Popular Careers

Career Development

Career development resources for aspiring professionals.

Career Change Center

Career change guides, tutorials and resources for professionals in transition.

Job Search Resources

Job search resources, websites, guides and directories for job seekers.


Career and Education Opportunities for Legislators in Florida

Florida has a population of 18,537,969, which has grown by 15.99% in the last 10 years. Nicknamed the "Sunshine State," its capital is Tallahassee, though its largest city is Jacksonville.

There are currently 1,750 jobs for legislators in Florida and this is projected to grow by 2% to about 1,780 jobs by 2016. This is better than the nation as a whole, where employment opportunities for legislators are expected to grow by about 0.7%. In general, legislators develop laws and statutes at the Federal, State, or local level.

The average wage in the general category of Specialized Management jobs is $40 per hour or $77,929 per year in Florida, and an average of $39 per hour or $74,363 per year nationwide. Earnings for legislators are not quite as good as earnings in the general category of Specialized Management in Florida and not quite as good as general Specialized Management category earnings nationally. Jobs in this field include: assembly person, u.s. representative, and city councilman.

In 2008, there were a total of 10,424,100 jobs in Florida. The average annual income was $39,064 in 2008, up from $39,036 in 2007. The unemployment rate in Florida was 10.5% in 2009, which has grown by 4.2% since the previous year. Approximately 22.3% of Florida residents have college degrees, which is lower than the national average.

The top industries in Florida include employment services, professional employer organizations, and water transportation. Notable tourist attractions include the Fish Mania, the Museum of Science and History, and the Jacksonville Maritime Museum Society Inc.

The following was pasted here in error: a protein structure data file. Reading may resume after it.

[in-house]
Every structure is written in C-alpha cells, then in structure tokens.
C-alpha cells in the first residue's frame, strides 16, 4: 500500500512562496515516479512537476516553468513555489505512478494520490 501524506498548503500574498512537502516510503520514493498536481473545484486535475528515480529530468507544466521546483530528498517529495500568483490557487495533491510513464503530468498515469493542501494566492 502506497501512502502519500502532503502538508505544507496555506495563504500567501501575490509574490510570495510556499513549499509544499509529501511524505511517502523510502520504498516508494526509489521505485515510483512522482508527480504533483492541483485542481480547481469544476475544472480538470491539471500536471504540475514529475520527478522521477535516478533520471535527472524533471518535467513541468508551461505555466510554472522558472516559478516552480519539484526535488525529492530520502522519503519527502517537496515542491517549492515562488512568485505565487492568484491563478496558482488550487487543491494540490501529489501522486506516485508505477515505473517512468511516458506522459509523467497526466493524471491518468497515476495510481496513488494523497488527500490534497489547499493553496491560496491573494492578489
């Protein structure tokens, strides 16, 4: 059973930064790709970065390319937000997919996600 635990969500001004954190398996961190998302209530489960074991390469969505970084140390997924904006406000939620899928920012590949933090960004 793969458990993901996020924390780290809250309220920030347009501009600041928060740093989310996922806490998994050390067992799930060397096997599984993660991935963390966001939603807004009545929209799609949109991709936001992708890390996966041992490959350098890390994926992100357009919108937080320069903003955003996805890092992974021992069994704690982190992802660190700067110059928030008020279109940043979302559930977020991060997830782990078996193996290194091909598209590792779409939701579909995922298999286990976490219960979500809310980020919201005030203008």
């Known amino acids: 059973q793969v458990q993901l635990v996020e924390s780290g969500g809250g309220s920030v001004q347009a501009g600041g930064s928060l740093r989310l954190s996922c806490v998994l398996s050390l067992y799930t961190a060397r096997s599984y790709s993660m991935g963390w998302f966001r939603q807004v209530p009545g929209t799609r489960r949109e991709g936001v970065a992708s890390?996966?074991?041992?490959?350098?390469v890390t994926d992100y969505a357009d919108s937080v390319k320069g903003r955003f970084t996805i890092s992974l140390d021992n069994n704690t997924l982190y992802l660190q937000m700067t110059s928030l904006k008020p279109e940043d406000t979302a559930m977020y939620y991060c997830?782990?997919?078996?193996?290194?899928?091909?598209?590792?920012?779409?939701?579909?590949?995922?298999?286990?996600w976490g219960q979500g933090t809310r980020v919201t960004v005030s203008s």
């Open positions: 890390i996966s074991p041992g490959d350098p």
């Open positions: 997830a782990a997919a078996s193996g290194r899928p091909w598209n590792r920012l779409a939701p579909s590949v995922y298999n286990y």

CITIES WITH Legislator OPPORTUNITIES IN Florida


JOB DESCRIPTION: Legislator

Legislator video from the State of New Jersey Dept. of Labor and Workforce Development

In general, legislators develop laws and statutes at the Federal, State, or local level.

Similar jobs with educational opportunities in Florida include:

  • Construction Foreman. Plan, direct, or budget, usually through subordinate supervisory personnel, activities concerned with the construction and maintenance of structures, facilities, and systems. Participate in the conceptual development of a construction project and oversee its organization, scheduling, and implementation.
  • Garden Center Manager. Plan, organize, direct, and coordinate activities of workers engaged in propagating, cultivating, and harvesting horticultural specialties, such as trees, shrubs, and other plants.
  • Natural Resources Specialist. Plan, direct, or coordinate activities in such fields as life sciences, physical sciences, and research and development in these fields.
  • Property Manager. Plan, direct, or coordinate selling, buying, or governance activities of commercial, industrial, or residential real estate properties.
  • Purchasing Manager. Plan, direct, or coordinate the activities of buyers, purchasing officers, and related workers involved in purchasing materials, products, and services.
  • Social Service Coordinator. Plan, organize, or coordinate the activities of a social service program or community outreach organization. Oversee the program or organization's budget and policies regarding participant involvement, program requirements, and benefits. Work may involve directing social workers, counselors, or probation officers.

LOCATION INFORMATION: Florida

Florida
Florida photo by Mwanner

Florida has a population of 18,537,969, which has grown by 15.99% over the past 10 years. Nicknamed the "Sunshine State," its capital is Tallahassee, though its biggest city is Jacksonville. In 2008, there were a total of 10,424,100 jobs in Florida. The average annual income was $39,064 in 2008, up from $39,036 the previous year. The unemployment rate in Florida was 10.5% in 2009, which has grown by 4.2% since the previous year. About 22.3% of Florida residents have college degrees, which is lower than the national average.

The top industries in Florida include employment services, professional employer organizations, and water transportation. Notable tourist destinations include the Fish Mania, the Mike S Aquatics, and the Cummer Museum of Art & Gardens.